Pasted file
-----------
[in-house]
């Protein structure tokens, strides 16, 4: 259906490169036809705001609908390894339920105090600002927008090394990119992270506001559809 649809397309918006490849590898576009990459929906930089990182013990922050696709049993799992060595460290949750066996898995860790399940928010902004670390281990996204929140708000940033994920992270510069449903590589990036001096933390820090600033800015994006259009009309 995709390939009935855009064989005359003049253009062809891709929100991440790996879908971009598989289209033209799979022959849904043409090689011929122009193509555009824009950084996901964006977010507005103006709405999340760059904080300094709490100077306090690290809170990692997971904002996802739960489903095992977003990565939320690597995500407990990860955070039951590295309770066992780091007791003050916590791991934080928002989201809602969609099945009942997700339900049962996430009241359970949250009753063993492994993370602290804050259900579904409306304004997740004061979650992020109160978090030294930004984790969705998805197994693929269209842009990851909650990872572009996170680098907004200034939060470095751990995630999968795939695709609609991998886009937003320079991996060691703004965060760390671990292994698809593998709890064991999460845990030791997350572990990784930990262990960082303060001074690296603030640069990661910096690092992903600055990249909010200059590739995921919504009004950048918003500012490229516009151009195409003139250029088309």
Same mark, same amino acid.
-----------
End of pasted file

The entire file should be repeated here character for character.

[in-house]
């Protein structure tokens, strides 16, 4: 259906490169036809705001609908390894339920105090600002927008090394990119992270506001559809 649809397309918006490849590898576009990459929906930089990182013990922050696709049993799992060595460290949750066996898995860790399940928010902004670390281990996204929140708000940033994920992270510069449903590589990036001096933390820090600033800015994006259009009309 995709390939009935855009064989005359003049253009062809891709929100991440790996879908971009598989289209033209799979022959849904043409090689011929122009193509555009824009950084996901964006977010507005103006709405999340760059904080300094709490100077306090690290809170990692997971904002996802739960489903095992977003990565939320690597995500407990990860955070039951590295309770066992780091007791003050916590791991934080928002989201809602969609099945009942997700339900049962996430009241359970949250009753063993492994993370602290804050259900579904409306304004997740004061979650992020109160978090030294930004984790969705998805197994693929269209842009990851909650990872572009996170680098907004200034939060470095751990995630999968795939695709609609991998886009937003320079991996060691703004965060760390671990292994698809593998709890064991999460845990030791997350572990990784930990262990960082303060001074690296603030640069990661910096690092992903600055990249909010200059590739995921919504009004950048918003500012490229516009151009195409003139250029088309």
Same mark, same amino acid.